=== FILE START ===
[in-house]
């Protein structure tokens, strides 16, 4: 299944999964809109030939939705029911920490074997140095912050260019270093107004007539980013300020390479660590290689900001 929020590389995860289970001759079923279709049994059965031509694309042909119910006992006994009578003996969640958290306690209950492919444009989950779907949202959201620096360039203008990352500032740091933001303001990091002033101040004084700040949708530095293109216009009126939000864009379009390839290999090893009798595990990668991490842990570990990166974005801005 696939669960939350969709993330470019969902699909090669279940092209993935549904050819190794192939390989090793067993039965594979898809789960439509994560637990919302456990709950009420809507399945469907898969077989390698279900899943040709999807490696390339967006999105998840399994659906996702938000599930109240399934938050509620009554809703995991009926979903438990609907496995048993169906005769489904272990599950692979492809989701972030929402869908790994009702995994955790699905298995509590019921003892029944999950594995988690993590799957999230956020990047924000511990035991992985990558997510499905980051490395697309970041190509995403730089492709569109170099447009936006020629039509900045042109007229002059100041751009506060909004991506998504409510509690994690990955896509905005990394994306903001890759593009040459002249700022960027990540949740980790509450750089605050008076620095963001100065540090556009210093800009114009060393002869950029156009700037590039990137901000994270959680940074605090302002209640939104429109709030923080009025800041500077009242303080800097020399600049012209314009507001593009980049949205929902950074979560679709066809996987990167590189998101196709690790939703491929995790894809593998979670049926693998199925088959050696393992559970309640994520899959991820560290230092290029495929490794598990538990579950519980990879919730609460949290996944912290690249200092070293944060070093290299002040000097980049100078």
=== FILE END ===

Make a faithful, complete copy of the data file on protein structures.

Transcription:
[in-house]
């Protein structure tokens, strides 16, 4: 299944999964809109030939939705029911920490074997140095912050260019270093107004007539980013300020390479660590290689900001 929020590389995860289970001759079923279709049994059965031509694309042909119910006992006994009578003996969640958290306690209950492919444009989950779907949202959201620096360039203008990352500032740091933001303001990091002033101040004084700040949708530095293109216009009126939000864009379009390839290999090893009798595990990668991490842990570990990166974005801005 696939669960939350969709993330470019969902699909090669279940092209993935549904050819190794192939390989090793067993039965594979898809789960439509994560637990919302456990709950009420809507399945469907898969077989390698279900899943040709999807490696390339967006999105998840399994659906996702938000599930109240399934938050509620009554809703995991009926979903438990609907496995048993169906005769489904272990599950692979492809989701972030929402869908790994009702995994955790699905298995509590019921003892029944999950594995988690993590799957999230956020990047924000511990035991992985990558997510499905980051490395697309970041190509995403730089492709569109170099447009936006020629039509900045042109007229002059100041751009506060909004991506998504409510509690994690990955896509905005990394994306903001890759593009040459002249700022960027990540949740980790509450750089605050008076620095963001100065540090556009210093800009114009060393002869950029156009700037590039990137901000994270959680940074605090302002209640939104429109709030923080009025800041500077009242303080800097020399600049012209314009507001593009980049949205929902950074979560679709066809996987990167590189998101196709690790939703491929995790894809593998979670049926693998199925088959050696393992559970309640994520899959991820560290230092290029495929490794598990538990579950519980990879919730609460949290996944912290690249200092070293944060070093290299002040000097980049100078």